Like everywhere, it’s been hot. The rivers have held their own so far but we could see some high water temps Friday and Saturday. The upper rivers are diurnal and will drop in temperature overnight and will be at their best in the morning. The size 18 olives — both latin-ly and commonly known as the latas — are emerging just after dawn and can last for several hours. This is some of the best daylight dry fly/rising trout fishing of the year. This is also the best hatch to fish a dry and dropper. For a few hours after the hatch the trout will continue to eat the nymph.
It’s been a pretty decent week of fishing. During a short float on Sunday we had great skunking, which transitioned into an early, and heavy, spinnerfall of the tiny olives (#24s) mixing with the #18s as well as the odd Isonychia. We pulled the boat to the inside of a big pod of trout and had an hour of great fishing to small to medium sized fish. The fish toward the middle of the river seemed to be eating the Isos and the fish on the bankside were sipping the olives. At least that was my take on it.
Downriver we found a hard riffle spitting out enough Iso duns to get three good fish up and we managed one of them.
All this before 9 pm.
At dusk we worked a pod of fish eating Iso spinners and landed one nice, fat trout that pulled with the energy of this high water spring. No picture of that one, but got texted this nice pic of a beautiful Iso trout from the lower river.
Tonight Lance I did a little hatch-matching in the upper river. The heat delayed the bugs but at dusk we had a decent spinner drop. The fish never really got consistent but I hooked and lost two dandies including one fish that was all of 15″ that ate a size 20 on 7x and came off at the peak of a dramatic cross-river leap that is currently emblazoned in my brain. Meanwhile, Lance took some good fish upstream. Still, it never seemed that we cracked the code. Shining a light on the way out we saw what we thought were hebe spinners, which is a sulphur-looking mayfly that hatches out of the puckerbrush and spins at dusk. Add that to the I wonder if they might be eating ___________ list which, in the fading July light, can seem maddeningly long.
Next week looks cool, highs in the 70s, and perfect for olive spinners. This morning there were hex spinners all over the shop, lodge…everywhere.
There are some cinnamon flying ants around. There are tricos in the mornings. For the dry fly angler, this is some of the very best match-the-hatch fishing of the year. Grab the little rod, the light tippet, and go enjoy. For the night fisher, well, the swinging of the mice has been pretty good too. Get out and enjoy it.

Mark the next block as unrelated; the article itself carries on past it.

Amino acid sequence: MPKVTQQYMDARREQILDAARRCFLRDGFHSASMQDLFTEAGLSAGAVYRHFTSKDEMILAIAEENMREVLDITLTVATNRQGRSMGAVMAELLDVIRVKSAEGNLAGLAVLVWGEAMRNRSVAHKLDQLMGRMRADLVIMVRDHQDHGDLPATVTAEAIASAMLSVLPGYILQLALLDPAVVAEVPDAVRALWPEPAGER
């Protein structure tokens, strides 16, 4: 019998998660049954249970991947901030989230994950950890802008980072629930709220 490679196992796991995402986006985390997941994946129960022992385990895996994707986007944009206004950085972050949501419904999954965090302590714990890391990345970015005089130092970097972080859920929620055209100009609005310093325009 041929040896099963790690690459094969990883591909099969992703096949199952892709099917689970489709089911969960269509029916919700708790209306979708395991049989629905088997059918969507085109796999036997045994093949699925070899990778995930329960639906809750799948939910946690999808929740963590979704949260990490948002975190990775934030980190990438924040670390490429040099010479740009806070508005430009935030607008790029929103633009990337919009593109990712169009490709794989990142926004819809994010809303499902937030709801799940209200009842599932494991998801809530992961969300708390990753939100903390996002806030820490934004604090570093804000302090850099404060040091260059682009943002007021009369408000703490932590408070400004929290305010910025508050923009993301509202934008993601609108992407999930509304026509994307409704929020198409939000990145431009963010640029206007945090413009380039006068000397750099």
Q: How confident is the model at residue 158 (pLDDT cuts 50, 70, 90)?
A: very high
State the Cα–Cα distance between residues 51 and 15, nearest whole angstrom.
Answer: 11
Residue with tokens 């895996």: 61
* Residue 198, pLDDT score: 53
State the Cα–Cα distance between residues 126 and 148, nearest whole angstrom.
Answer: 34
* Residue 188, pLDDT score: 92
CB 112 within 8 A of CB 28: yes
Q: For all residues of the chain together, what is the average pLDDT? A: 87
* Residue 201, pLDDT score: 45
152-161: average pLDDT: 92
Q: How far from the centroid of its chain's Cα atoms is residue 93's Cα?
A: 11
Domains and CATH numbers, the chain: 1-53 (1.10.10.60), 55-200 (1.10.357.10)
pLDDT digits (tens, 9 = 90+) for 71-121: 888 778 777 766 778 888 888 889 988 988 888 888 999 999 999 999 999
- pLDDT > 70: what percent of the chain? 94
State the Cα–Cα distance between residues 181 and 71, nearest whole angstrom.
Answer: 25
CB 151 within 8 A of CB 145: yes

Many of you have expressed the desire for a more comprehensive one-day fly fishing casting class. This is it. One day devoted entirely to making you a proficient fly caster. The goal is simple: regardless of starting ability, you’ll leave this class able to cast. Includes lunch. More details here.
Have you ever seen so many people who think going fishing at midnight with a box full of mice is cool? Neither have we. So we celebrate it: a night fishing one-fly “competition.” Every year we raise well over $1000 for the Headwaters Chapter of Trout Unlimited. This is a fun event. Not a serious competition…though we do offer some real prizes through our partnerships with Hatch Reels and Sunrise Distributors. Includes a huge barbecue at 7 p.m., music, and the infamous mailbox challenge. The bell rings at 8 p.m. Anglers may fish anywhere on the Au Sable and Manistee Rivers, but must return to the lodge by 3 a.m. with a picture of their RELEASED trophy. The Derby is open to everyone and anyone, from guides, to those being guided, to folks casting off their docks, and anyone else who wants to go night fishing for a good cause. $50 per team of two people. Email [email protected] to sign up.
The Anglers of the Au Sable sponsors this annual event. This is our 7th Kids One-Fly (Box) Challenge for anglers 17 years and younger. All participants will receive a complimentary fly box with donated flies and, if needed, volunteer chaperones to take them to the river (or pond, or lake, or creek) for a morning of fishing. Awards! Prizes! Anglers must use the flies in their box of choice. We do this because kids are awesome, and a kid fly-fishing is even awesomer. Our favorite event of the year. We’ll meet at the lodge at 9 a.m.. Kids receive instruction and a casting lesson from FFF Certified Instructor Mark Hendricks. At 10:30 a.m., we go fishing! Meet back at the lodge between 12 and 2 p.m. for lunch, drinks and awards. We try to have enough rods and waders for youth participants, but encourage those that have their own to bring them.